Flower Scar 2016

So that’s my final race prior to my 70th birthday.  I started the 12 months with Flower Scar 2015 at the beginning of March; and it was brought forward to late February so I was able to finish the 12 months with Flower Scar 2016.  Not an English Championship race this year – the first EC race of 2016 will be Black Combe on 12th March, in the south west corner of the Lake District.  Another fine race.

Very windy today.  Very windy.  Possibly 50 to 60 m.p.h.  A very fine excuse for not running, but just plodding along over the moor.  And the tree disease in Todmorden’s Centre Vale Park meant that last year’s route start and finish could not be used, so the route was very different.  The tree disease means they’re cutting down all the rhododendrons, which certainly gets a very big thumbs up from me.

So – start in the High School grounds instead.  Run the length of the playing fields, climb onto some hay bales and over the boundary wall onto the main  road for about 15 m, then off up the valley side.  I was not the only one who was soon walking.  And walking.  And walking.

Route choice once we reached the moor, and I think I gained a little by not following the herd.  Eventually up to the top of Flower Scar hill,

Flower Scar Hill from Flower Scar Road
Flower Scar Hill
from Flower Scar Road

then a helter skelter drop down the other side to the 2nd check point, a ruined building by a small river.  And up the other side of the river.  Up and up.  Eventually getting back to the track which is Flower Scar road, to find runners standing huddled over maps.

Local knowledge is a glorious thing, but they followed & soon got past me again.  Down into Green’s Clough,

Greens Clough Didn't get as far down as this today
Greens Clough
Didn’t get as far down as this today

a climb out the other side and into our local woodland, with a long run down to the bottom.  Over the stile – and route choice again.  First choice I made was to slide down a bank and end up on my back with both legs in the air.  Didn’t hit the stile or the fence, happily, but then proceeded very gingerly down the rest of the slope.

30 m along the road and strike off to the left through a gate.  Along a very rough track, then more boggy stuff.  Two runners perusing a map – ‘Do you know where we’re going?’  Answer – ‘I’m going home’.

Soggy boggy mess down to another stile, choice of route, 2 more runners -‘do you know the way?’  Answer – ‘yes’.

Somehow it took a while for them to come past me on a fine smooth downhill running slope; by then they had tranmsmogrified into 5 runners in all, rather than 4, but my legs were giving out and they all quickly got past.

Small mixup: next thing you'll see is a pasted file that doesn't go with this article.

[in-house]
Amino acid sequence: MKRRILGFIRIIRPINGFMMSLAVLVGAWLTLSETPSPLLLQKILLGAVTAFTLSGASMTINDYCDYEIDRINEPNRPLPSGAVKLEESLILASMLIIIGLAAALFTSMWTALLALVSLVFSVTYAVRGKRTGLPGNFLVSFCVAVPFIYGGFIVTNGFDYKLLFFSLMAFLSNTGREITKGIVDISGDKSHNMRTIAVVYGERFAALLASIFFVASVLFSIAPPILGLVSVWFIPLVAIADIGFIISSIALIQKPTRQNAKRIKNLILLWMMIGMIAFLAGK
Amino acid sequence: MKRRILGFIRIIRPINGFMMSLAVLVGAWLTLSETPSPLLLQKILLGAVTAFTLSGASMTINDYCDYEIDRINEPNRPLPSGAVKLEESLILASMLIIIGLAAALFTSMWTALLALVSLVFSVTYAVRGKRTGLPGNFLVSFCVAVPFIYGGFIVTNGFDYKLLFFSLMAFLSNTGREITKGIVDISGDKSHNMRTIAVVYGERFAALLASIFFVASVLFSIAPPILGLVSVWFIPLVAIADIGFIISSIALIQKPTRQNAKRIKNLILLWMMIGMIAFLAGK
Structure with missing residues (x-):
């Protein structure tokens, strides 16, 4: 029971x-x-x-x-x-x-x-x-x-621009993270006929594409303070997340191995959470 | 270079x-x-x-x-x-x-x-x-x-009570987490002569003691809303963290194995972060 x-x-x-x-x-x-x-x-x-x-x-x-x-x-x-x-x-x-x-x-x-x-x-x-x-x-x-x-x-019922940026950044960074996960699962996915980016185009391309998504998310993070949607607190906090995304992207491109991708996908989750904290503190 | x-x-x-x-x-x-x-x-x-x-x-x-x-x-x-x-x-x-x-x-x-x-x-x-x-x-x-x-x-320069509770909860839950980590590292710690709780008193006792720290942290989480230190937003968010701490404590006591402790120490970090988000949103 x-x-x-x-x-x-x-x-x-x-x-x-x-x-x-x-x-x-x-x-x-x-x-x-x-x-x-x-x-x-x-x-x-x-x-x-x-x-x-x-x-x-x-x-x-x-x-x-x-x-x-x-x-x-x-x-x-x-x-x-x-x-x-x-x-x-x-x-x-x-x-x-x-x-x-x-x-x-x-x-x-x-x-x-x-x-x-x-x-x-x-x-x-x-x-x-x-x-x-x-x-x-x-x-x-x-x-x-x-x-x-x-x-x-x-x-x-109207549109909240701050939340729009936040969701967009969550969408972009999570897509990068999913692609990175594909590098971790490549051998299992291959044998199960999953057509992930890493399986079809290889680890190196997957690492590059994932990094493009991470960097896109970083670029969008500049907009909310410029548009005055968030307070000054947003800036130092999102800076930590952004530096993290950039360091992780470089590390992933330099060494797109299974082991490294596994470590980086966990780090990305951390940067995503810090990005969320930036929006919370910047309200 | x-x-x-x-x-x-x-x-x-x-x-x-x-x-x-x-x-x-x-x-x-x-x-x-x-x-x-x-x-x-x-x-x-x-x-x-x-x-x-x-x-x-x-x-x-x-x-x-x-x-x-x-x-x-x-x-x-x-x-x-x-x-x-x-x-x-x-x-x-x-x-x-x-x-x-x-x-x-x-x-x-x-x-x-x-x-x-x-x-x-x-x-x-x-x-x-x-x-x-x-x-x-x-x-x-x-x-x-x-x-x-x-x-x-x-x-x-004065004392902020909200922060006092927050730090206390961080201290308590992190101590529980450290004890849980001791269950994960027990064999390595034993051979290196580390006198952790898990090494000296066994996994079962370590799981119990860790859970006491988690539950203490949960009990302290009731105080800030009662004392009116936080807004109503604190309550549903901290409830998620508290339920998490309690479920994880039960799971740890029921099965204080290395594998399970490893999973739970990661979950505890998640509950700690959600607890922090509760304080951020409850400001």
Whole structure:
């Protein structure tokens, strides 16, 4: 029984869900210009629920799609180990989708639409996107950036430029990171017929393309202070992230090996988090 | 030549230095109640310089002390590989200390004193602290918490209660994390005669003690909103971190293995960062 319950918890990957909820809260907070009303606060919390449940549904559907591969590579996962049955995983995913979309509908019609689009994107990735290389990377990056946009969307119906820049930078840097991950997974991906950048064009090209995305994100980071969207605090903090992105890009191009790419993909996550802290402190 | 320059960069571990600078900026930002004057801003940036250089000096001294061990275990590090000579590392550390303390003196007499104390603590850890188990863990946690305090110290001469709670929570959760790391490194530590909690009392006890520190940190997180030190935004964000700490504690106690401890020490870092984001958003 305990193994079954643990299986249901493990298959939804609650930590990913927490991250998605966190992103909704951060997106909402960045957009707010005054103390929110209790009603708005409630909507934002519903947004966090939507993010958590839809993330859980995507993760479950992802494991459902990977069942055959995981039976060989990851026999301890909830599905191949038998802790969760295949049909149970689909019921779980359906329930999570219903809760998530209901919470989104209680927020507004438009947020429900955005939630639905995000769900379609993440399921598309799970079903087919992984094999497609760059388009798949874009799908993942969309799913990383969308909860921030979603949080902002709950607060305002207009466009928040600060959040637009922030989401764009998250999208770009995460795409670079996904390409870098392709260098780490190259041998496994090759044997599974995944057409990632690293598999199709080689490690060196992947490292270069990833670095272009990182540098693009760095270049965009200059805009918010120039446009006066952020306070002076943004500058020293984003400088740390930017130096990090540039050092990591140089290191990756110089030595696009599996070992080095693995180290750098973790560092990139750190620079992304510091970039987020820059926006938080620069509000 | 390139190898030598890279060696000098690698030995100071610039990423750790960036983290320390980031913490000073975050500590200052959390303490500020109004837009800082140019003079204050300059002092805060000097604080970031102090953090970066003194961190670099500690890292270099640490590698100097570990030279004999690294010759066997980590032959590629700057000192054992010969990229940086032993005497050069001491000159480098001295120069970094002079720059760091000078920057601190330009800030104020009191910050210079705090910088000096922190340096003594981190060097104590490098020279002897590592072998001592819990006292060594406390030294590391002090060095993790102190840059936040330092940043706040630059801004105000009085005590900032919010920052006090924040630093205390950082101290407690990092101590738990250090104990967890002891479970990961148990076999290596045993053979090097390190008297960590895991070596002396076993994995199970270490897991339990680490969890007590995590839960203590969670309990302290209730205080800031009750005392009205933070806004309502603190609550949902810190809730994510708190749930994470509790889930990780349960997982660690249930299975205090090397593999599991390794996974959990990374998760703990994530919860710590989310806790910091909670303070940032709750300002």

Final climb, then finally back onto the initial outward route, so a steep drop to the main road, back over the wall & hay bales, and a ‘sprint’ to the finish.  Where I learn there are actually, somehow, 8 runners behind me.  One comes in quite quickly; she suggests the organiser could advertise this race as a tough mudder type race and charge £50 entry.

Now there’s a thought . . .

2016 so far

Well – I seem to have been a little dilatory lately. I guess it’s the winter hibernation. Though, with global warming (aka climate change) we’ve had a quite unusual winter – virtually no snow, not a lot of frost, and masses of rain. The ground is extremely wet. The after effects of the Boxing Day floods are still with us, with a vengeance.

So I did do the New Year’s Day race, but I have not yet done another.  Tod Harriers ran from the Lord Nelson in Luddenden in January; so we had some of the same glorious runs as last year in March.  The weather was pretty good on each of the 3 Wednesdays that I was present.

This month we had intended to run from Hebden Bridge, but the flood damage prevented that.  So we’re running from the Hare & Hounds in Todmorden instead; I’ve just got back from another splendid evening out, though as usual I struggled more than I would like up the hills.

The Red Hot Toddy was staged after all – 6 weeks later than intended.  A nice day and a successful event.  I was in charge of the Fun Run and it went off uneventfully and successfully too.  All proceeds to the Floods Fund.

And Joyce & I have started on our walking tour of Britain’s trig points.  Erected between 1936 & 1962, these triangulation points consist of pillars a little over a metre high, generally of concrete, used for accurate mapping by the Ordnance Survey.  I was intrigued to find, when I was in the Western Isles a few years ago, that on Harris they are each enclosed by a circular dry stone wall.  They’re redundant obviously in these days of satellite mapping; but many are still loved and given a regular coat of white paint by volunteers who have adopted them.

A trig point in use
A trig point in use

So we had a nice walk from Barrowford along the Pendle Way to the summit of Weets Hill, and got quite muddy; then this week we walked from Earby to the trig point at Kelbrook Moor and the frost and ice meant we could skate over the muddy and wet bits and get home with our boots merely damp.  Two pl;easant days, though somewhat windy.

Only about 5498 more to go – or, it may be, around 6498.  Depends how many were erected, and how many have been removed.